Friday, June 5, 2009
The studio resides at the end of the footpath pictured in the previous post. On our land, this is really the only semi-level, un-tree-covered space...and it is relatively close to the house, just down the hill. It was as if it had been sitting there all these years just waiting. The clear area you see to the right of the building is where our garden now sits...again on the relatively level, fully-sun-exposed site...a site just sitting there all these years waiting.
The building is sheathed in green metal siding, siding that led to a serendipitous creative discovery. After the building was built (with much of the building going on through a very, very wet winter), we found muddy handprints all over the exterior. Since the builders were deep in mud much of the time they were building, it was not surprising. What was surprising was that the mud would not wash off! I used the power washer with detergent...then used a long-handled scrub brush prior to power washing again...then did it all again...and still a residue of the mud remained on the impervious metal siding.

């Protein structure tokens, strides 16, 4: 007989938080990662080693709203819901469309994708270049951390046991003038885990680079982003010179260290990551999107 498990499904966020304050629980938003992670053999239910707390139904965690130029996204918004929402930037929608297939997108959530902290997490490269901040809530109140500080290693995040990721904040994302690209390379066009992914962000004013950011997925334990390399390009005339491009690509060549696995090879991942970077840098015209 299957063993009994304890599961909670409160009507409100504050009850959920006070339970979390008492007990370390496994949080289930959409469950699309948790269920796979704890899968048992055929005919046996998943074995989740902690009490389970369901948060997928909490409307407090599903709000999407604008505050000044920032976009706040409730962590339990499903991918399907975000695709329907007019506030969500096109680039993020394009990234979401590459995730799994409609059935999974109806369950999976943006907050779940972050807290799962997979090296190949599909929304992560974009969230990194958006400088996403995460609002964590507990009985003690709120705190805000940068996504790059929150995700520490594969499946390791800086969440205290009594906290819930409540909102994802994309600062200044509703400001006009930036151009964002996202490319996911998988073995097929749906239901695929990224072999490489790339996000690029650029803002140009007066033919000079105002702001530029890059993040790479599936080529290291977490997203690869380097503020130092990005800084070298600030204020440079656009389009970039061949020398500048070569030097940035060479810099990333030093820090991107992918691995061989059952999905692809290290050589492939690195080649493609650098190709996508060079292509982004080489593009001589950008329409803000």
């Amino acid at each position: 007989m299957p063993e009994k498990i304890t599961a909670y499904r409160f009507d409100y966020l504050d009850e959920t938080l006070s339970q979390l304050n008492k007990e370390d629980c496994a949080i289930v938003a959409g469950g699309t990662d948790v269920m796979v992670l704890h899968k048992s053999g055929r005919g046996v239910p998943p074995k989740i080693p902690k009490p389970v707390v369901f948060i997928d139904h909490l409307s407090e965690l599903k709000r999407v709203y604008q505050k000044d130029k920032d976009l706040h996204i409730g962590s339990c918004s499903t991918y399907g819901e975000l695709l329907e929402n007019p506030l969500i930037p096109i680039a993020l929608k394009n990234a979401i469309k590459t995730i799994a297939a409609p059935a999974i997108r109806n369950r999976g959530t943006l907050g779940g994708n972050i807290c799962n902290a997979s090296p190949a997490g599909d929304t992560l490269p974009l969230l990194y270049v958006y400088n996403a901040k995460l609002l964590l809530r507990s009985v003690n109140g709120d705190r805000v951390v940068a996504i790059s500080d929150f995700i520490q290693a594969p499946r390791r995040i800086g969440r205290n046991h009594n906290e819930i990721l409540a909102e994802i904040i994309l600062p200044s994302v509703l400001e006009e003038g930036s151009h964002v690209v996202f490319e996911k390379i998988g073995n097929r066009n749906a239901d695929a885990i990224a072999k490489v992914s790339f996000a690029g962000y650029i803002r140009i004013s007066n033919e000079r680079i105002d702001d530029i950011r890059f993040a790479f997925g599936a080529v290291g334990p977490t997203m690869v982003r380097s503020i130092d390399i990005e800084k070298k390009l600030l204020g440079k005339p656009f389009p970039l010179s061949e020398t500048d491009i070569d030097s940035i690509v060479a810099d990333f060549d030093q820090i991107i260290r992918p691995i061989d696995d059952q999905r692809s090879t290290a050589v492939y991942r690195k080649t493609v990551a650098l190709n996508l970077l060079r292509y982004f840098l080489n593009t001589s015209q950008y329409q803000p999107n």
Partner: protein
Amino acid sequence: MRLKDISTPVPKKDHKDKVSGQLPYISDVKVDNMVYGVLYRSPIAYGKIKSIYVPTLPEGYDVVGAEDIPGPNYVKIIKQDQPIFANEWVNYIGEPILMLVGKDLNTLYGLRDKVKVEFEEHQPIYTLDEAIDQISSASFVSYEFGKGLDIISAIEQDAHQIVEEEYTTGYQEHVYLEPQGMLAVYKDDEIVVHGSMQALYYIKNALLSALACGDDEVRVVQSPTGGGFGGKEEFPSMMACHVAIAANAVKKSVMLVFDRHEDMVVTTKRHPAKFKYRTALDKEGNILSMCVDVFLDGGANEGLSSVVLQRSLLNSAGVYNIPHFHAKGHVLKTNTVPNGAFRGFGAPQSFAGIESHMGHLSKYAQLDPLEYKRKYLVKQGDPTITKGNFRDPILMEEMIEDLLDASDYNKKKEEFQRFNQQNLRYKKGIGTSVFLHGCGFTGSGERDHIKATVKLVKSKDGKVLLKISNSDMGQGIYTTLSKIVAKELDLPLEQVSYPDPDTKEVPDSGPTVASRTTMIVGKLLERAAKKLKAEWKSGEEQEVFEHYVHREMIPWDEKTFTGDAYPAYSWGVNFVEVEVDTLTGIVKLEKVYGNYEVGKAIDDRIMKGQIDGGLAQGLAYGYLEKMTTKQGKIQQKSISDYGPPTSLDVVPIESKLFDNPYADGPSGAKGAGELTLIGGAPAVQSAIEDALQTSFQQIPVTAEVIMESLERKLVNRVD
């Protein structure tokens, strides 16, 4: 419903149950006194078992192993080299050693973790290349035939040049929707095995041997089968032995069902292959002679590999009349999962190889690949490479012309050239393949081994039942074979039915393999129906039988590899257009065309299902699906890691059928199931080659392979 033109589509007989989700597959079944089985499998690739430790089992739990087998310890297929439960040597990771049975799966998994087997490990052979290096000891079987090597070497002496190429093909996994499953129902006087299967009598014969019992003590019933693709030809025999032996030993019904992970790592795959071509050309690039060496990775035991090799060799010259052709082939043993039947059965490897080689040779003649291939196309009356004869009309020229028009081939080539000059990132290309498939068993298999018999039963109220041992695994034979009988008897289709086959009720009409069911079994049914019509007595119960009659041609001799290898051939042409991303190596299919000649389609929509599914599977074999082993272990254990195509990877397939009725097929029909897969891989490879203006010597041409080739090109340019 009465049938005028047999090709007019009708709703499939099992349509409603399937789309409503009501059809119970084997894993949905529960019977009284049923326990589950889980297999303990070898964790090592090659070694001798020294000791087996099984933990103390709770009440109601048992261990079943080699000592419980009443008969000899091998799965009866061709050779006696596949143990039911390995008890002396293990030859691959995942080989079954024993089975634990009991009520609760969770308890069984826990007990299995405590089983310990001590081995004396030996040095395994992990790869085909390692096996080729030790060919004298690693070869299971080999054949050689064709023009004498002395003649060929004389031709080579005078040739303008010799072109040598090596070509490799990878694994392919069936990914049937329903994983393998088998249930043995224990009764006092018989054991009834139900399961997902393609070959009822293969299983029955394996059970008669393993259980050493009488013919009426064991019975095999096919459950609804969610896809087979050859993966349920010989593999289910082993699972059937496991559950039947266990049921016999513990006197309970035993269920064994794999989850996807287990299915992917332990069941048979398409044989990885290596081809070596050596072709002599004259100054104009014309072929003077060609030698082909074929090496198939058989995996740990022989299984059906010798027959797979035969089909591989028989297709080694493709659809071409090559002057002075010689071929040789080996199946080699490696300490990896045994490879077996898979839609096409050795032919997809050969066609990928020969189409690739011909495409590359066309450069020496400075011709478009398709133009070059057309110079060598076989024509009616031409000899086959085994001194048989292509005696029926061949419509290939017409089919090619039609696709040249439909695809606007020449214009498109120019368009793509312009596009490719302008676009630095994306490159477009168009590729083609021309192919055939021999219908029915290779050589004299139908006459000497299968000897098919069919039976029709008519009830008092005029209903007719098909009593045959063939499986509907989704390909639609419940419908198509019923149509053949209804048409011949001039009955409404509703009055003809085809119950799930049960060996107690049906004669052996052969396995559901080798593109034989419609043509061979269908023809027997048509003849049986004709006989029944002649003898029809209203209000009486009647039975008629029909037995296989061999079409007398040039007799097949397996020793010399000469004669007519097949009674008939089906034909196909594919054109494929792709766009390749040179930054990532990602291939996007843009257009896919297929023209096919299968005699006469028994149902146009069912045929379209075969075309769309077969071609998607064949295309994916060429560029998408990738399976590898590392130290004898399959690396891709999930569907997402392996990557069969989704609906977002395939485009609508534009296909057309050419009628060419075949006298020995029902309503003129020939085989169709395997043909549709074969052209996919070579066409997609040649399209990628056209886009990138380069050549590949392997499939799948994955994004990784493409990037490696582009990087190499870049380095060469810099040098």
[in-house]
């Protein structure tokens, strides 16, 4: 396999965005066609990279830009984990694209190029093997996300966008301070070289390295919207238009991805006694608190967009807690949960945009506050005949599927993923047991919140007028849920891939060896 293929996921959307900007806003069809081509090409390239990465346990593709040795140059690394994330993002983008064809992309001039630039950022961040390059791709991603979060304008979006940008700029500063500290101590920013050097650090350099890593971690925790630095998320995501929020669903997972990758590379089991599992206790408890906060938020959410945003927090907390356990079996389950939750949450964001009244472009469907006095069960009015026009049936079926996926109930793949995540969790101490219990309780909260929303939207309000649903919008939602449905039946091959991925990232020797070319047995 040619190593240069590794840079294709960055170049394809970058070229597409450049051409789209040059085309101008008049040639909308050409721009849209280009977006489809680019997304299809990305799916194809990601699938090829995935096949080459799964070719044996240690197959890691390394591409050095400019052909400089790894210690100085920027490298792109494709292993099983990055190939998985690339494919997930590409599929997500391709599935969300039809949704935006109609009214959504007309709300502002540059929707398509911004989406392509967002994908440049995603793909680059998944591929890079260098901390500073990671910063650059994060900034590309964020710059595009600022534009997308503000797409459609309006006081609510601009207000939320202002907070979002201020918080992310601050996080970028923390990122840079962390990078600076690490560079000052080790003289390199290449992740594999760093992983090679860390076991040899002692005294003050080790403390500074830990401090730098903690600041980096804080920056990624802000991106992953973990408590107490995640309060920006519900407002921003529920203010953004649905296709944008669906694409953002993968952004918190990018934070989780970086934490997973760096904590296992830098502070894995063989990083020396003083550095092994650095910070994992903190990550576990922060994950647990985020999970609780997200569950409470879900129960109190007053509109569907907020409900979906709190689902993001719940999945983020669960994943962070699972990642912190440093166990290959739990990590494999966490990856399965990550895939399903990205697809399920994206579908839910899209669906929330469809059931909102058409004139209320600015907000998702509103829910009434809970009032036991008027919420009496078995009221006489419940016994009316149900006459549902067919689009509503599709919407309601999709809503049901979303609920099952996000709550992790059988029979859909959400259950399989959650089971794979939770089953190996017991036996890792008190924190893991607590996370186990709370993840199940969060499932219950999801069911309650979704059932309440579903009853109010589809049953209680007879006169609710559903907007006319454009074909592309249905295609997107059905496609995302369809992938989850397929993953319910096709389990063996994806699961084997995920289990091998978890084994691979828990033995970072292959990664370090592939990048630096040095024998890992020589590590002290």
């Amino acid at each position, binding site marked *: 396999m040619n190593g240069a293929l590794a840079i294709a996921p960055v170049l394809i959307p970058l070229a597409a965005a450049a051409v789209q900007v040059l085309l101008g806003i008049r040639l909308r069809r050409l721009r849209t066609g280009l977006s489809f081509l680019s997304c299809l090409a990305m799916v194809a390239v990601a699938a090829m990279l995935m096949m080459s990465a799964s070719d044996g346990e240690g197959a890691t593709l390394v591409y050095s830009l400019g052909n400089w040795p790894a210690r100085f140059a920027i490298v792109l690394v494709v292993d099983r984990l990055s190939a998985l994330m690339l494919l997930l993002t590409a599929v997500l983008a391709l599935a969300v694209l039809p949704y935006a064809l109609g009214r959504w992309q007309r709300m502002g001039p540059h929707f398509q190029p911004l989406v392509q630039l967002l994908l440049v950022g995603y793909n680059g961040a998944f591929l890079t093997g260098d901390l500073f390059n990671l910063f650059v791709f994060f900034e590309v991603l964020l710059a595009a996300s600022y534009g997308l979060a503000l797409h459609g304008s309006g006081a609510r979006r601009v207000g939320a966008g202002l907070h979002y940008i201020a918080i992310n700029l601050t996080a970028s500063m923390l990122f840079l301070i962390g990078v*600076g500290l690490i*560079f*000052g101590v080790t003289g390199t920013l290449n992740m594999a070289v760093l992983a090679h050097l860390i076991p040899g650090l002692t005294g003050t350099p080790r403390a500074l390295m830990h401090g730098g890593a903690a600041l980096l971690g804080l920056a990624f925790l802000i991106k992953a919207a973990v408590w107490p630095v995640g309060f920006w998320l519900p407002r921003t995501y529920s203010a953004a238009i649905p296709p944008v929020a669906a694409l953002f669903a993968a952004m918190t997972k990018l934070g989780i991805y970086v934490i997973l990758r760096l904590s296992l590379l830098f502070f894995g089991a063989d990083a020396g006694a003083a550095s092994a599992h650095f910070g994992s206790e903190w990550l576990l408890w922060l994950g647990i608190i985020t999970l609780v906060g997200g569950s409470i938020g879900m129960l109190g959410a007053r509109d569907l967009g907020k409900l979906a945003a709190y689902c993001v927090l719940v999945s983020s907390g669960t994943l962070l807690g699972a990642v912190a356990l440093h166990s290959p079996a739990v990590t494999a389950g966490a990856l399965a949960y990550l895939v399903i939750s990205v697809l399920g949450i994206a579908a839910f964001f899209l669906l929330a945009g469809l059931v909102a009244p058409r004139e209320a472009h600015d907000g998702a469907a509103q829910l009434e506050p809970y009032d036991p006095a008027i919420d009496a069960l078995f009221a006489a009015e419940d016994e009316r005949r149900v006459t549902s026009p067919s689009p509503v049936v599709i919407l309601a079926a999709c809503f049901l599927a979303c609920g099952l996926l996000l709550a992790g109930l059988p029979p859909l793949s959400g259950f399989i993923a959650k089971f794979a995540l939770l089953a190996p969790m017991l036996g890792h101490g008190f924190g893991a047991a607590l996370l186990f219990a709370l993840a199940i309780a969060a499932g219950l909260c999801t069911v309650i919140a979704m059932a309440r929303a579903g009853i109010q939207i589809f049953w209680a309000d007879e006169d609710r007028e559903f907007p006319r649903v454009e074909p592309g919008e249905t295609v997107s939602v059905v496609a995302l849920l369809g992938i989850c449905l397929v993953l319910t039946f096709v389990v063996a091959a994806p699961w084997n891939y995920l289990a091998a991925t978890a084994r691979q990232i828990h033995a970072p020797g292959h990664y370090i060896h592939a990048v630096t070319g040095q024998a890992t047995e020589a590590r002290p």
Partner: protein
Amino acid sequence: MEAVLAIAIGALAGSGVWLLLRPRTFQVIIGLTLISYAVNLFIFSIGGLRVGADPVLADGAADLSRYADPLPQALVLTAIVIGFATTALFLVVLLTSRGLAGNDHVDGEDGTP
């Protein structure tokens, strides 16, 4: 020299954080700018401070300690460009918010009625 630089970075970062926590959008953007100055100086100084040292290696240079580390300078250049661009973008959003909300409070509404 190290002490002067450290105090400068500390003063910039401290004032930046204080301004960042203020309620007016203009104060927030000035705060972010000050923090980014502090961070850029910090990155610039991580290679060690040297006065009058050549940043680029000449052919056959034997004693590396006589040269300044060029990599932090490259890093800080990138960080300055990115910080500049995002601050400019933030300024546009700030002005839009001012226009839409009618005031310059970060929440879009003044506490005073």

We decided we had some very special clay here, and first fired a brick of it in the anagama kiln. It stood up to the 2400 degree temps without melting into a puddle, and came out with a metallic black finish. Then Nils decided to use the clay in some painting/drawings he was doing. He'd make various dilutions of the clay (slip), pour it across the canvas, then pour water or more diluted slip across that. When it was all dry, he would start drawing onto the surface with charcoal and conte crayon, and wait to see what would evolve. It has proved to be an amazingly evocative medium, with some wonderful clay paintings as the end result.
We now also use this mud/clay/slip as a decoration on pots. Depending on the density of the slip, the color that results can be anywhere from almost orange-ish stain to a deep, metallic black. The effect is wonderful and all the more special because it came right from our own backyard, and was discovered only because we were curious enough to experiment with it to find its potential use. Life's full of lovely little surprises if we remember to watch for them.